Invented civilizations are usually thought of as the stuff of sci-fi novels and video games, not museums.
Yet in 1972, the Andrew Dickson White Museum of Art at Cornell University exhibited “The Civilization of Llhuros,” an imaginary Iron Age civilization. Created by Cornell Professor of Art Norman Daly, who died in 2008, the show resembled a real archaeological exhibition with more than 150 objects on display.
With scams, deceptions and lies flourishing in our digital age, an art exhibition that convincingly presents fiction as fact has particular currency.
We’re delighted to report that Norman Daly’s renowned Civilization of Llhuros has been included in a new publication written and researched by Antoinette LaFarge, herself a “fictive-art” practitioner. The book presents a heavily illustrated survey of artist hoaxes, including impersonations, fabula, cryptoscience, and forgeries.
Stealthily occupying the remote corners of history, literature, and art are curious fabrications that straddle the lines between fact, fiction, and wild imagination — non-existent people and poets, Edgar Allan Poe’s hot-air-balloon to the Moon hoax, crypto-scientific objects like fake skeletons, psycho-geography, faked inventions, and staged anthropological evidence. From the intriguing Cottingley fairy photographs, “captured” in 1917 by teenage sisters, to the Museum of Jurassic Technology and the Codex Seraphinianus, an encyclopedia of an imaginary world, “fictive art” (the author’s term) continues to reframe assumptions made by its contemporaneous culture.
The shift from the early information age to our “infocalypse” era of rampant misinformation has made this genre of art with a sting in its tale an especially radical form. Cataloging historical projects and those from the late 20th and early 21st century that probe this confusion, LaFarge foregrounds the medium’s potential for run-away creativity. At its center, fictive art is secured as fact by creating series of evidentiary objects and by employing the language and display methods of history and science. Using documentary photographs and videos, created historical artifacts and relics, explanatory texts and didactics, lectures, events, and expert opinions in technical language, artists have created constellations of manufactured evidence attesting to their artwork’s central narrative. This dissimulation is temporary in most cases, often surprisingly revealed in a self-outing moment; other times, it is found out. With all the attendant consequences of mistrust, outrage, and rejection, what we can learn from fictive art practitioners both past and present bears on the fragile trust that builds societies, and that when broken, brings them to the brink of chaos.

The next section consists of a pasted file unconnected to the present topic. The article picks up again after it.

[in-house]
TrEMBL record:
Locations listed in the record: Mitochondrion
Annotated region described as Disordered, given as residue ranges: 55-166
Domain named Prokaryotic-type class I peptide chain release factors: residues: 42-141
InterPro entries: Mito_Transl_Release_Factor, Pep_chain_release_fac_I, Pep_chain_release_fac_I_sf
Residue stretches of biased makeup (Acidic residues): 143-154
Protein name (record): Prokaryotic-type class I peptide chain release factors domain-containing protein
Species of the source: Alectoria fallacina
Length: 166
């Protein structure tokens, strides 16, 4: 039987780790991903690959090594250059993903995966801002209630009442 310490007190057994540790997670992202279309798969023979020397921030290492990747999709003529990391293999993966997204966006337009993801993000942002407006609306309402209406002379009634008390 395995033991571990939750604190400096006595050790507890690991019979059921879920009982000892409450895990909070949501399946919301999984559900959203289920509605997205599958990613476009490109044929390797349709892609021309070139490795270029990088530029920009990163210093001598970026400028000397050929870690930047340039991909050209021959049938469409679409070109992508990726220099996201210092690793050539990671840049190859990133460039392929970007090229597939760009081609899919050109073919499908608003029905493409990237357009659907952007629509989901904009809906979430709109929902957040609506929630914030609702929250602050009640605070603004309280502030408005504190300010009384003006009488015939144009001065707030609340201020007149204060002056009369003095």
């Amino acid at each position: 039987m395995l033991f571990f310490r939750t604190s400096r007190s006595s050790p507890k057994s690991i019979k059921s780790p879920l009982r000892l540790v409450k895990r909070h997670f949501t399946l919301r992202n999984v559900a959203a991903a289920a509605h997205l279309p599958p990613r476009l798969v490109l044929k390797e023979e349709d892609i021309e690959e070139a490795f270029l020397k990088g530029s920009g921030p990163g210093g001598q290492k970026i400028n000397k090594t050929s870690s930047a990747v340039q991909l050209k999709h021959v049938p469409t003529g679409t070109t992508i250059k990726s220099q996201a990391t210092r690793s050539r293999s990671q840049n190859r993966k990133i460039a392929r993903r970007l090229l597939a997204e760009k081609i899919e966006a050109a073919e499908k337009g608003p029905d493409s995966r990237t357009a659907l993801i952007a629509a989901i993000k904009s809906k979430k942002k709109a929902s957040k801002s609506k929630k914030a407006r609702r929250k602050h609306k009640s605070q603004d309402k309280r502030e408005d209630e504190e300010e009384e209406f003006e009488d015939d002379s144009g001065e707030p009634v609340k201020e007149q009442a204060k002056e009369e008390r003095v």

Readers of A Sting in the Tale will be amused, delighted, and soberly engaged in thinking about what the role of art could be in shaping discord or discourse.
–Foreword by G. D. Cohen, artist, curator, and scholar of visual culture.
Antoinette LaFarge is an internationally recognized new media artist and founder of the pioneering Internet performance troupe the Plaintext Players who holds a special interest in speculative fiction, feminist techne, and alternative histories. Her artwork has taken form as new media performance, computer-programmed installations, public exhibitions and interventions, digital prints, and artist’s books. Recent publications include Louise Brigham and the Early History of Sustainable Furniture Design (Palgrave Macmillan 2019) and Monkey Encyclopedia W (ICI Press 2018). She is a longtime contributor to Wikipedia and is currently Professor of Digital Media in the Art Department at University of California, Irvine.
This title was released on August 24 and is now available for purchase.